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The Ghost Writer Paperback – August 1, 1995
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A middle-aged writer recalls his younger self. At 23, Nathan Zuckerman has had four stories published and a small, flattering Saturday Review up-and-coming-author profile (complete with a photo of him playing with his ex-girlfriend's cat), which he purports to scorn. As genuine and polite as he seems, Zuckerman has already hurt his family with his autobiographical art and ruined his relationship with adultery and honesty. Visiting his reclusive idol (famed for his "blend of sympathy and pitilessness") in the Berkshires, the writer watches himself watching himself and attempts to confront his work and life. Instead he finds himself turning reality into metafiction. A quote he happens upon from Henry James only complicates matters further: "We work in the dark--we do what we can--we give what we have. Our doubt is our passion and our passion is our task. The rest is the madness of art." Events, however, have their revenge, weaving more out of control than even he can anticipate or ask for. Philip Roth is the master of the uncomfortable, and his alter ego a connoisseur of self-involvement, self-loathing, and self-examination. ("Virtuous reader, if you think that after intercourse all animals are sad, try masturbating on the daybed in E. I. Lonoff's study and see how you feel when it's over.")
From Library Journal
Both these novels follow protagonist Nathan Zuckerman through different times in his life?Ghost Writer, dubbed a "glowing work of fiction" by LJ's reviewer (LJ 9/1/79), introduced the character in his youth, while 1981's Unbound offers him in his mid-30s. Roth's many fans will be happy to see these again.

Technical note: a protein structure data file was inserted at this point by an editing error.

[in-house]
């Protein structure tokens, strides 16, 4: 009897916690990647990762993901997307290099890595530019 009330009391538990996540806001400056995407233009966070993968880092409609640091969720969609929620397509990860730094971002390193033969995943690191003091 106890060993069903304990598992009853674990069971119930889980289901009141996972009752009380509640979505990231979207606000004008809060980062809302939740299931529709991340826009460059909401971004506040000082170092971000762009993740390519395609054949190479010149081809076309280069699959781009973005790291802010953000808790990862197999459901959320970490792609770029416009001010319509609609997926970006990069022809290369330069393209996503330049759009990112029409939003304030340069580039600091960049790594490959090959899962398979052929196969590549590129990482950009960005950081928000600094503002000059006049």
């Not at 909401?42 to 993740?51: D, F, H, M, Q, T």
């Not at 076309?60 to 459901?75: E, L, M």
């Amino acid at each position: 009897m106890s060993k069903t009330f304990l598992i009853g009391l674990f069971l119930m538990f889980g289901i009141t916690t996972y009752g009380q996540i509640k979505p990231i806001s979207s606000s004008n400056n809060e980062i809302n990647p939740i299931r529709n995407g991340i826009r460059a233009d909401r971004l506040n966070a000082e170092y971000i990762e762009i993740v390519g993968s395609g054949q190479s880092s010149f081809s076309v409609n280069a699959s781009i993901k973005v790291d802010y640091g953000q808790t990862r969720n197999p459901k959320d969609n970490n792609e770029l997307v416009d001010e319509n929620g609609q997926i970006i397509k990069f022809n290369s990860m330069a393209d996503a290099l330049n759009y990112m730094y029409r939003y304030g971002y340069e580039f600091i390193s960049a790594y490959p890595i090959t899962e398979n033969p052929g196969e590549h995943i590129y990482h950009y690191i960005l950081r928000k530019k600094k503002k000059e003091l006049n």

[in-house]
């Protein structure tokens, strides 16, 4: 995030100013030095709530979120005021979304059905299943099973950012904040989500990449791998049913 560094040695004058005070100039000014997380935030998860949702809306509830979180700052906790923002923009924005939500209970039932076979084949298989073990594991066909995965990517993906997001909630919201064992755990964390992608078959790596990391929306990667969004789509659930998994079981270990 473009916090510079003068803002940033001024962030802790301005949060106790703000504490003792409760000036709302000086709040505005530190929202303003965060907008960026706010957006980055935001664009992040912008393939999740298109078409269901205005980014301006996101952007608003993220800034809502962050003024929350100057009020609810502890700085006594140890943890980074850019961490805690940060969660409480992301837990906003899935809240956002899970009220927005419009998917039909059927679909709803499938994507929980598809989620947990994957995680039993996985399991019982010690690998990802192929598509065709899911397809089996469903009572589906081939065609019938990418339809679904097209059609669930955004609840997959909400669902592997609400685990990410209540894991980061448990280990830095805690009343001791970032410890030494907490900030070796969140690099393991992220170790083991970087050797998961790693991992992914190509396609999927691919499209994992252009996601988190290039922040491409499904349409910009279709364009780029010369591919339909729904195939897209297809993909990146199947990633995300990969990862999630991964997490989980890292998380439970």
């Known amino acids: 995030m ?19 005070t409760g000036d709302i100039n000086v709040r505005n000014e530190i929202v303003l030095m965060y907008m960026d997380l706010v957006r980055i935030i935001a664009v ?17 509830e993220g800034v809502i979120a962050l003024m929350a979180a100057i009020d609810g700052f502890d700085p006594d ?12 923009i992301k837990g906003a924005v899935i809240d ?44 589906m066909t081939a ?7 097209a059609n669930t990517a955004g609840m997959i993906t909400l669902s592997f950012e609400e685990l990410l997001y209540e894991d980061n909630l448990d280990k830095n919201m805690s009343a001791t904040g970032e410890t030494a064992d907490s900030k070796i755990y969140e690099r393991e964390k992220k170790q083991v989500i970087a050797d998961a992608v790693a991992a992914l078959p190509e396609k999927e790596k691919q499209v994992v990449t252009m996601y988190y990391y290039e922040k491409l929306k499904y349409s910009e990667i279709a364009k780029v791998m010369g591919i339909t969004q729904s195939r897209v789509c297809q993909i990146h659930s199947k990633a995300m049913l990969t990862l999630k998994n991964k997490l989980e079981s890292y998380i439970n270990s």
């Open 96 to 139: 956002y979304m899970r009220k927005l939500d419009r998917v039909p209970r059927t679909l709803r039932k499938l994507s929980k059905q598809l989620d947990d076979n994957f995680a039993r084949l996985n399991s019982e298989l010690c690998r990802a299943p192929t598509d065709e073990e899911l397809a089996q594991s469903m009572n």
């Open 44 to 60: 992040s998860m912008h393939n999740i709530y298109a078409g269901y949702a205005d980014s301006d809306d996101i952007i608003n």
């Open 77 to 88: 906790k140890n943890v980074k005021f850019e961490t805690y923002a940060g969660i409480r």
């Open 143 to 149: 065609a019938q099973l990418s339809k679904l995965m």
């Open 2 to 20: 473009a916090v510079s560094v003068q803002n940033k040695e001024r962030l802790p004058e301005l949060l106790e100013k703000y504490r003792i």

Copyright 1995 Reed Business Information, Inc.
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Top Customer Reviews
Roth knows how to tell a story. He knows where the bones of structure go, he knows how to order his information, deploy a flowing rhythm, adjust perspective and fashion a remarkable voice. He knows how to be funny ha-ha and how to be funny, hmmm. He is a writer of great economy who fits a lot of vision into a cleanly told story. In this book, the young worshipful Zuckerman arrives at the Berkshire retreat of his idol, the famous writer E.I. Lonoff, for an evening of literary conversation over dinner and drinks. Across the span of the evening, Zuckerman learns what a career of nothing but writing can do to a man and, more importantly, to his marriage. He recalls his own family issues that have sprung up now that he has begun to write stories that portray middle class Jewish Americans in the glare of reality. When it becomes late and Lonoff insists he stay the night, Zuckerman learns a lot more about Lonoff than was expected, and contemplates the mysterious graduate assistant who also stays, who inspires in the third movement of the book, an alternative history about Anne Frank. Several different variations of meaning are wrung out of the term "ghost writer" in the course of less than 24 hours.
I have the feeling I will have to read it again to understand it.
Admittedly, it is difficult for me to be objective about this book because it speaks to me personally on so many levels. As an aspiring writer myself, I identify easily with Zuckerman's emotions on meeting an idol and trying to deal with the reality of the dream. I also recognize Zuckerman's tendency as a writer to let his imagination play out scenarios of explanation to understand things he's witnessed. To wit, his extended imagining of Amy as Anne Frank, who has somehow survived the concentration camp and hidden her identity, even while becoming one of the most famous people in the world through her diary. As someone who reads my other reviews will realize, I'm an amateur Anne Frank historian so I found this fiction particularly interesting and, on some levels, quite believable. Certainly it has crossed the mind of everyone who has studied Anne Frank to wonder what she would be like if she had survived. Roth gives us a possibility.
Ultimately, I found this brief novel quite satisfying. Roth's ability to write readable prose is beyond question. So, if the summary of the story sounds interesting to you, it is definitely worth the single sitting it would take to read it.